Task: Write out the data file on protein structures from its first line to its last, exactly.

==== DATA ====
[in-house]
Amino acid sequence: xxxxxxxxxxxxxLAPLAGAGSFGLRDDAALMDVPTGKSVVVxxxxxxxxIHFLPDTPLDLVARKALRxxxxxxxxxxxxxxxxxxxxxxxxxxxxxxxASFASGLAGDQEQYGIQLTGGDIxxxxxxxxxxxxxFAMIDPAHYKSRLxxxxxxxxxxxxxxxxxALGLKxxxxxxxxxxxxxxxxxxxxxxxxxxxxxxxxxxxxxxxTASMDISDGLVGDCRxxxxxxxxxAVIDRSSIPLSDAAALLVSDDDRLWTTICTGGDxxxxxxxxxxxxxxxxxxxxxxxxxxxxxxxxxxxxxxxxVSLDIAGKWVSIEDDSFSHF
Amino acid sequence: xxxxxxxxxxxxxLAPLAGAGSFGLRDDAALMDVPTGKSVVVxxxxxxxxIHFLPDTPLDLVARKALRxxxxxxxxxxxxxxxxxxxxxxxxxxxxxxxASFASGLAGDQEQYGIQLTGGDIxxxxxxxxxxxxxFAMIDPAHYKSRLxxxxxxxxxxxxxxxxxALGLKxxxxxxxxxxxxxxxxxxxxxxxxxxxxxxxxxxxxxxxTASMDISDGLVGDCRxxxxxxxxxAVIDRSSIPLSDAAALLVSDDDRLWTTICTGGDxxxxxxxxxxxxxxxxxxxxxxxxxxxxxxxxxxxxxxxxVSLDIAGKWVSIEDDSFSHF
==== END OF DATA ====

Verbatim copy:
[in-house]
Amino acid sequence: xxxxxxxxxxxxxLAPLAGAGSFGLRDDAALMDVPTGKSVVVxxxxxxxxIHFLPDTPLDLVARKALRxxxxxxxxxxxxxxxxxxxxxxxxxxxxxxxASFASGLAGDQEQYGIQLTGGDIxxxxxxxxxxxxxFAMIDPAHYKSRLxxxxxxxxxxxxxxxxxALGLKxxxxxxxxxxxxxxxxxxxxxxxxxxxxxxxxxxxxxxxTASMDISDGLVGDCRxxxxxxxxxAVIDRSSIPLSDAAALLVSDDDRLWTTICTGGDxxxxxxxxxxxxxxxxxxxxxxxxxxxxxxxxxxxxxxxxVSLDIAGKWVSIEDDSFSHF
Amino acid sequence: xxxxxxxxxxxxxLAPLAGAGSFGLRDDAALMDVPTGKSVVVxxxxxxxxIHFLPDTPLDLVARKALRxxxxxxxxxxxxxxxxxxxxxxxxxxxxxxxASFASGLAGDQEQYGIQLTGGDIxxxxxxxxxxxxxFAMIDPAHYKSRLxxxxxxxxxxxxxxxxxALGLKxxxxxxxxxxxxxxxxxxxxxxxxxxxxxxxxxxxxxxxTASMDISDGLVGDCRxxxxxxxxxAVIDRSSIPLSDAAALLVSDDDRLWTTICTGGDxxxxxxxxxxxxxxxxxxxxxxxxxxxxxxxxxxxxxxxxVSLDIAGKWVSIEDDSFSHF